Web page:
Trump, the Washington Post and American Exceptionalism


One of the more annoying myths of U.S. history is the idea of “American Exceptionalism,” which has been bandied about pretty much from the birth of the republic, but has become more or less universally accepted in the last few decades.

George W. Bush said the U.S. had been “called to a unique role in human events. In a 2015 book entitled Exceptional: Why the World Needs a Powerful America, former vice president Dick Cheney and daughter Congressman Liz Cheney wrote, “We are not just one more nation, one more same entity on the world stage. We have been essential to the preservation and progress of freedom” As president Barack Obama said, “I believe in American exceptionalism with every fiber of my being.”

The press is equally adamant in its portrayal of the United States as a special entity, which obviously has been by every empire since the dawn of time. In his paper “The Greatest Nation on Earth” Misha Desai wrote that between 2010-2012 the term “American Exceptionalism” had “exploded, leaping into print and online publications roughly 4,172 times.”

James Hohmann, National Political Correspondent of the Washington Post, added another contribution yesterday. Hohmann’s column started by citing Trump’s grotesque remarks, as reported by the New York Times, that “migrants might be shot in the legs to slow them down at the southern border,” among other vile proposals. So far, so good, those comments were exceptionally vile.

Hohmann uses this to demonstrate that Trump is unlike any previous American president in that he is “pulling back from the principle” of American exceptionalism, a “guiding creed, which not long ago was a point of both national consensus and pride…While imperfect, the United States is not just another country on the U.N. roster somewhere between Albania and Zimbabwe.”

Presidents of both parties have historically recognized the essential role that the United States plays as a special and unique beacon of freedom. We have strived to be the world’s moral backbone, a leading champion for human rights, democracy and the rule of law. Even as previous leaders had to make uncomfortable compromises and partner with unsavory characters to advance the national interest, that self-conception and the welcoming attitude it entails have been steadfast. But that’s not Trump’s worldview.”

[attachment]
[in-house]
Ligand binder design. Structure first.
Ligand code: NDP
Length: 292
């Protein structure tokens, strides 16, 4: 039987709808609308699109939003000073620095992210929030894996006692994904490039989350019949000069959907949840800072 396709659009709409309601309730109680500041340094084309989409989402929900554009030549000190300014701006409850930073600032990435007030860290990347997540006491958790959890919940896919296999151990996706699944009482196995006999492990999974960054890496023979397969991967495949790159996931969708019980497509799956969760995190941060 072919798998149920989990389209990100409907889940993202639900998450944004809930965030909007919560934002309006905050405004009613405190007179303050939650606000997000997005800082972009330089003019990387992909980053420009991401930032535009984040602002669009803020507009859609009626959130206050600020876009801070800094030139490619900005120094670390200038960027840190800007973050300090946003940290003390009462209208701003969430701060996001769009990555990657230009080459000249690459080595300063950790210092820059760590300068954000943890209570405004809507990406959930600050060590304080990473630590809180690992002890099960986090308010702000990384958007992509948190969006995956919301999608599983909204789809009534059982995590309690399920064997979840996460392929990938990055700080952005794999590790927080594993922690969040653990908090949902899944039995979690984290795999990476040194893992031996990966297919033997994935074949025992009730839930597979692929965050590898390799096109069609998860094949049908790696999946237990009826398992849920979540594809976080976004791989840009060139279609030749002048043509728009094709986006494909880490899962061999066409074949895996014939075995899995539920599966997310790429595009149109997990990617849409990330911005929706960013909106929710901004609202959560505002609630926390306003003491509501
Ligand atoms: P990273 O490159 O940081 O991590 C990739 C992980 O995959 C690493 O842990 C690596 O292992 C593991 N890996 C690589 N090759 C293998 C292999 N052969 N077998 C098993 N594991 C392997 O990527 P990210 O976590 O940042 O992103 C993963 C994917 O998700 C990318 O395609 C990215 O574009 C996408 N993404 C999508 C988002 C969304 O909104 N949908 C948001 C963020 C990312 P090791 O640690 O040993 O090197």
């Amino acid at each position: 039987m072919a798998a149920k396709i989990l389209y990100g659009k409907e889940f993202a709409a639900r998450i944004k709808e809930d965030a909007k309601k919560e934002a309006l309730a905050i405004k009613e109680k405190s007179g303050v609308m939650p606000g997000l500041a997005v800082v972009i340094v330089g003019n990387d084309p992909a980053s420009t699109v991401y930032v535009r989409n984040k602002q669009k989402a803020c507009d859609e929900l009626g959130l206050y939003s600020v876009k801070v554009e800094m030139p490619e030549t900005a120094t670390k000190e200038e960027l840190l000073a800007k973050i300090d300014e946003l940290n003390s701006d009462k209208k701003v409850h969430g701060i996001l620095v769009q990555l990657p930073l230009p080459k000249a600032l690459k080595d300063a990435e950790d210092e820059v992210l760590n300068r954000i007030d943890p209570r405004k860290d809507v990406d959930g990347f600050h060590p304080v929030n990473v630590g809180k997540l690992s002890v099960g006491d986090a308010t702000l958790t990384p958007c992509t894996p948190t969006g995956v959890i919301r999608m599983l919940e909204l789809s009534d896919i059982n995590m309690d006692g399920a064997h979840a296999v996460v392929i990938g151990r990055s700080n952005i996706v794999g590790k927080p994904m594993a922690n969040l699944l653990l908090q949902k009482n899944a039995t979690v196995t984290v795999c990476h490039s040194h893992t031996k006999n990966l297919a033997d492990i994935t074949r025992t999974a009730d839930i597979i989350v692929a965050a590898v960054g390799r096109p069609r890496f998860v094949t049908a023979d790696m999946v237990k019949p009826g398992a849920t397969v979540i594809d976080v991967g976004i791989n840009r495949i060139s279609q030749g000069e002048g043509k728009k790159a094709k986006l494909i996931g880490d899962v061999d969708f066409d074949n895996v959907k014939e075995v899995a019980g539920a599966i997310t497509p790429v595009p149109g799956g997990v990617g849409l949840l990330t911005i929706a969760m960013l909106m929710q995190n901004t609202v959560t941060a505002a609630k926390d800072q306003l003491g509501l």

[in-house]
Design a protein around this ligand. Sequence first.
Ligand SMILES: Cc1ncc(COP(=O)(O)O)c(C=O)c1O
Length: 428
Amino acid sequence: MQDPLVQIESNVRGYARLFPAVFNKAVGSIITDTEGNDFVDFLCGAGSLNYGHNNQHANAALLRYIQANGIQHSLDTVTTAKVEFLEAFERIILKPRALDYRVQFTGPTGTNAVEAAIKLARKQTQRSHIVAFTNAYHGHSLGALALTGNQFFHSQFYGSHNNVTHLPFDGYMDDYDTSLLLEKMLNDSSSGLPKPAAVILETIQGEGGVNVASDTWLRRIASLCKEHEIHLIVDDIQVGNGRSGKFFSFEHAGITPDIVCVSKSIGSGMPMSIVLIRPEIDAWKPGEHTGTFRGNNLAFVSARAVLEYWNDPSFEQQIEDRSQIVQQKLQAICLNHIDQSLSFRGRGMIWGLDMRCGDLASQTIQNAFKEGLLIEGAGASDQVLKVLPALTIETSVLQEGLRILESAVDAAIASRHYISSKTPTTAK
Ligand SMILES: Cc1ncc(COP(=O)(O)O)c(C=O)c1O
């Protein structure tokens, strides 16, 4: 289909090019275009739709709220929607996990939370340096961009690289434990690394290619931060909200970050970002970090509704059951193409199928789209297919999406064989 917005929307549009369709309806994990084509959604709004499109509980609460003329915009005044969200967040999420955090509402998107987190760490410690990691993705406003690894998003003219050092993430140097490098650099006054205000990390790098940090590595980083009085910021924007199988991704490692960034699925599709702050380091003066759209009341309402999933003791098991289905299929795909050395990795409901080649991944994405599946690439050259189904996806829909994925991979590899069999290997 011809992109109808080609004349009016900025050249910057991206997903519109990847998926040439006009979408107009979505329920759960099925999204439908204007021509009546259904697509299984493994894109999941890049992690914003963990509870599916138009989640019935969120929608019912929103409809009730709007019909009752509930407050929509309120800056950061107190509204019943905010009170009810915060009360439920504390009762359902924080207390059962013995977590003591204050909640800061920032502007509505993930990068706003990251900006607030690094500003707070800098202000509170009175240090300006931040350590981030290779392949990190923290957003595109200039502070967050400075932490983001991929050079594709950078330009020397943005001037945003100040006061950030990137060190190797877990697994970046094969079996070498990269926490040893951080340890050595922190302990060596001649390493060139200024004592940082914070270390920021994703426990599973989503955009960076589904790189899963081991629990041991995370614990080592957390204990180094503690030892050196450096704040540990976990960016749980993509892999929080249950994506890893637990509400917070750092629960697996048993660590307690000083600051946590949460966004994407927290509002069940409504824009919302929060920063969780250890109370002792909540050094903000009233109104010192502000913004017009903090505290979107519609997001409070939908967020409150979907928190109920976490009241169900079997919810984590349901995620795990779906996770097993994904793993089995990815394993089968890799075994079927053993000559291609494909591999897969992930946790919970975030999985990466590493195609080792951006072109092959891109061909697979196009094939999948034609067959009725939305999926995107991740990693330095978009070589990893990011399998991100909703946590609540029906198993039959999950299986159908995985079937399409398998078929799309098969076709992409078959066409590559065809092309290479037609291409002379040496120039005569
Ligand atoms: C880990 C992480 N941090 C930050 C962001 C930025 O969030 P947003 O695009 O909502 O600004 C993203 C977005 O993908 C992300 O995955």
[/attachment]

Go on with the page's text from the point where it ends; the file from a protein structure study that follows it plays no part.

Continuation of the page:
Hohmann’s column extensively cited the case of Jamal Khashoggi, who was killed at Saudi Arabia’s consulate in Turkey a year ago, in arguing that Trump has broken with American exceptionalism.”What prompted him to leave the kingdom, and to begin writing columns for The Post, was the sharp increase in domestic repression under [Mohammad bin Salman],” the story said. “His columns also argued against Mohammed bin Salman’s reckless regional agenda — especially the war in Yemen, which the crown prince had launched while serving as defense minister.”

Trump has refused to break with the Saudis over Khashoggi’s killing, saying, “We’re not going to give up hundreds of billions of dollars in orders and let Russia, China and everybody else have them. It’s all about, for me, very simple. It’s America first.”

Of course, the Saudis have been a key strategic ally of the United States for more than a half century. That alliance is one of those “uncomfortable compromises” and MBS is one of those “unsavory characters” that no U.S. government if going to cut loose, despite the U.S. being a “unique beacon of freedom.”

Hohmann cites a recent column by Michael Gerson, the chief speechwriter in George W. Bush’s White House, which says Trump “wants us to take pride in blood and soil rather than in a set of universal ideals. His calls for loyalty are based on geography not morality. He urges us to love America because it is powerful, and because it is ours, not because it is good.”

Hohmann is a graduate of Stanford and he’s got an alumni profile and interview where he says, “Studying history gave me the tools to think critically. It offered a framework through which to understand the world.”

One of my biggest pet peeves is when reporters use the word “unprecedented.” Nothing is truly unprecedented, yet if you follow the news closely that description abounds. Many journalists have never studied history, sadly, and they treat every news cycle as if it’s somehow exogenous to all the others that have come before. But past is prologue.

It certainly is. Trump is extreme in many ways, but in terms of foreign policy he’s nothing exceptional. And it’s hard to argue that you’re part of an “exceptional” country when Donald Trump leads it.

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